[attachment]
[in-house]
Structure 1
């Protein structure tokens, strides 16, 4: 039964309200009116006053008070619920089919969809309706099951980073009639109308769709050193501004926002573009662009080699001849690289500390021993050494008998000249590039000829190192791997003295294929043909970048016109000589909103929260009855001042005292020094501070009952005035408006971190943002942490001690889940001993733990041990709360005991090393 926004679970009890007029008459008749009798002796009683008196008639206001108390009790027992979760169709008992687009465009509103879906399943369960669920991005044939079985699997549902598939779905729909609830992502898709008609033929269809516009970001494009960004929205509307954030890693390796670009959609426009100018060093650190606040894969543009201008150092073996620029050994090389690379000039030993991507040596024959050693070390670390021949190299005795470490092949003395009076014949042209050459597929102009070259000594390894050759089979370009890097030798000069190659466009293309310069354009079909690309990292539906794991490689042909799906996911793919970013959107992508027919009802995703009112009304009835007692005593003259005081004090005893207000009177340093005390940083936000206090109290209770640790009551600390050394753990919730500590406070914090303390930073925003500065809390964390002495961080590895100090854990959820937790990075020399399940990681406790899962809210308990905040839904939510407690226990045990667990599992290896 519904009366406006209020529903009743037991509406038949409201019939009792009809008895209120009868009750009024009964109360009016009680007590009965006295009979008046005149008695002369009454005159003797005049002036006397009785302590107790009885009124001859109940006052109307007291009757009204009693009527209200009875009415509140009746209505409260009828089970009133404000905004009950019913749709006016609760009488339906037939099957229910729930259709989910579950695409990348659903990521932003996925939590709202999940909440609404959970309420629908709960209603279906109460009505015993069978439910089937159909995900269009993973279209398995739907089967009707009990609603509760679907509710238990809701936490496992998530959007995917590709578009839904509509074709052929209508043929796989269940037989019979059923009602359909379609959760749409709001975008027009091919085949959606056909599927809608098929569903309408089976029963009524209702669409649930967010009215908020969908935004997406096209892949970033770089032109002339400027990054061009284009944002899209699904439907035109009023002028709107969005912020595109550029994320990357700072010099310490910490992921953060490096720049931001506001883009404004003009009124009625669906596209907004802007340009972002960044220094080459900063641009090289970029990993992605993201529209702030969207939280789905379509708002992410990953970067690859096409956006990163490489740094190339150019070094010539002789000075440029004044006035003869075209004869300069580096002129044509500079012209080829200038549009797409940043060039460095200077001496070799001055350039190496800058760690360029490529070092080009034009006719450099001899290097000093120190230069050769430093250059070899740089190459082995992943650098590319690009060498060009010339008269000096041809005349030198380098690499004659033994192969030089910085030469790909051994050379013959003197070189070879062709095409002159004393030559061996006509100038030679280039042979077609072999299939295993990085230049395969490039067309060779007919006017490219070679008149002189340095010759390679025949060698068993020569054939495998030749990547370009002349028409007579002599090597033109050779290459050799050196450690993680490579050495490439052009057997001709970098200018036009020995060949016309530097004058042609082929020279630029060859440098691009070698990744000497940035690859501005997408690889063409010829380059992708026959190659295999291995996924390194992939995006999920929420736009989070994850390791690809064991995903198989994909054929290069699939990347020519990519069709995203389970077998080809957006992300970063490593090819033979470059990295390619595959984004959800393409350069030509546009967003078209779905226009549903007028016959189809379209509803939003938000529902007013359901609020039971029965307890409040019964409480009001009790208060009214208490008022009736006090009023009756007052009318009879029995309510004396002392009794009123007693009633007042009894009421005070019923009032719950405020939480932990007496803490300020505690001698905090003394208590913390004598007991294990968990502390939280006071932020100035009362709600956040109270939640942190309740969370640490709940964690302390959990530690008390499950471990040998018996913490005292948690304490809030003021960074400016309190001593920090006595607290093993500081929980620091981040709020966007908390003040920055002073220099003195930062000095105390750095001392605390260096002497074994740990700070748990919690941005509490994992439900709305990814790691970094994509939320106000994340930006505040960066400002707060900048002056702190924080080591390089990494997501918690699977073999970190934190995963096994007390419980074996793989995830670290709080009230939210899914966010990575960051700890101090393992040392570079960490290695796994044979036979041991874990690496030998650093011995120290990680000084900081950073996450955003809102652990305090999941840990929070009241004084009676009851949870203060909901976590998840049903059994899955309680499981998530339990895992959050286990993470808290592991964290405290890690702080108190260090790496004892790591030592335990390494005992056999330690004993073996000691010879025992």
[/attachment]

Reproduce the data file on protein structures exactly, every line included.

[in-house]
Structure 1
């Protein structure tokens, strides 16, 4: 039964309200009116006053008070619920089919969809309706099951980073009639109308769709050193501004926002573009662009080699001849690289500390021993050494008998000249590039000829190192791997003295294929043909970048016109000589909103929260009855001042005292020094501070009952005035408006971190943002942490001690889940001993733990041990709360005991090393 926004679970009890007029008459008749009798002796009683008196008639206001108390009790027992979760169709008992687009465009509103879906399943369960669920991005044939079985699997549902598939779905729909609830992502898709008609033929269809516009970001494009960004929205509307954030890693390796670009959609426009100018060093650190606040894969543009201008150092073996620029050994090389690379000039030993991507040596024959050693070390670390021949190299005795470490092949003395009076014949042209050459597929102009070259000594390894050759089979370009890097030798000069190659466009293309310069354009079909690309990292539906794991490689042909799906996911793919970013959107992508027919009802995703009112009304009835007692005593003259005081004090005893207000009177340093005390940083936000206090109290209770640790009551600390050394753990919730500590406070914090303390930073925003500065809390964390002495961080590895100090854990959820937790990075020399399940990681406790899962809210308990905040839904939510407690226990045990667990599992290896 519904009366406006209020529903009743037991509406038949409201019939009792009809008895209120009868009750009024009964109360009016009680007590009965006295009979008046005149008695002369009454005159003797005049002036006397009785302590107790009885009124001859109940006052109307007291009757009204009693009527209200009875009415509140009746209505409260009828089970009133404000905004009950019913749709006016609760009488339906037939099957229910729930259709989910579950695409990348659903990521932003996925939590709202999940909440609404959970309420629908709960209603279906109460009505015993069978439910089937159909995900269009993973279209398995739907089967009707009990609603509760679907509710238990809701936490496992998530959007995917590709578009839904509509074709052929209508043929796989269940037989019979059923009602359909379609959760749409709001975008027009091919085949959606056909599927809608098929569903309408089976029963009524209702669409649930967010009215908020969908935004997406096209892949970033770089032109002339400027990054061009284009944002899209699904439907035109009023002028709107969005912020595109550029994320990357700072010099310490910490992921953060490096720049931001506001883009404004003009009124009625669906596209907004802007340009972002960044220094080459900063641009090289970029990993992605993201529209702030969207939280789905379509708002992410990953970067690859096409956006990163490489740094190339150019070094010539002789000075440029004044006035003869075209004869300069580096002129044509500079012209080829200038549009797409940043060039460095200077001496070799001055350039190496800058760690360029490529070092080009034009006719450099001899290097000093120190230069050769430093250059070899740089190459082995992943650098590319690009060498060009010339008269000096041809005349030198380098690499004659033994192969030089910085030469790909051994050379013959003197070189070879062709095409002159004393030559061996006509100038030679280039042979077609072999299939295993990085230049395969490039067309060779007919006017490219070679008149002189340095010759390679025949060698068993020569054939495998030749990547370009002349028409007579002599090597033109050779290459050799050196450690993680490579050495490439052009057997001709970098200018036009020995060949016309530097004058042609082929020279630029060859440098691009070698990744000497940035690859501005997408690889063409010829380059992708026959190659295999291995996924390194992939995006999920929420736009989070994850390791690809064991995903198989994909054929290069699939990347020519990519069709995203389970077998080809957006992300970063490593090819033979470059990295390619595959984004959800393409350069030509546009967003078209779905226009549903007028016959189809379209509803939003938000529902007013359901609020039971029965307890409040019964409480009001009790208060009214208490008022009736006090009023009756007052009318009879029995309510004396002392009794009123007693009633007042009894009421005070019923009032719950405020939480932990007496803490300020505690001698905090003394208590913390004598007991294990968990502390939280006071932020100035009362709600956040109270939640942190309740969370640490709940964690302390959990530690008390499950471990040998018996913490005292948690304490809030003021960074400016309190001593920090006595607290093993500081929980620091981040709020966007908390003040920055002073220099003195930062000095105390750095001392605390260096002497074994740990700070748990919690941005509490994992439900709305990814790691970094994509939320106000994340930006505040960066400002707060900048002056702190924080080591390089990494997501918690699977073999970190934190995963096994007390419980074996793989995830670290709080009230939210899914966010990575960051700890101090393992040392570079960490290695796994044979036979041991874990690496030998650093011995120290990680000084900081950073996450955003809102652990305090999941840990929070009241004084009676009851949870203060909901976590998840049903059994899955309680499981998530339990895992959050286990993470808290592991964290405290890690702080108190260090790496004892790591030592335990390494005992056999330690004993073996000691010879025992």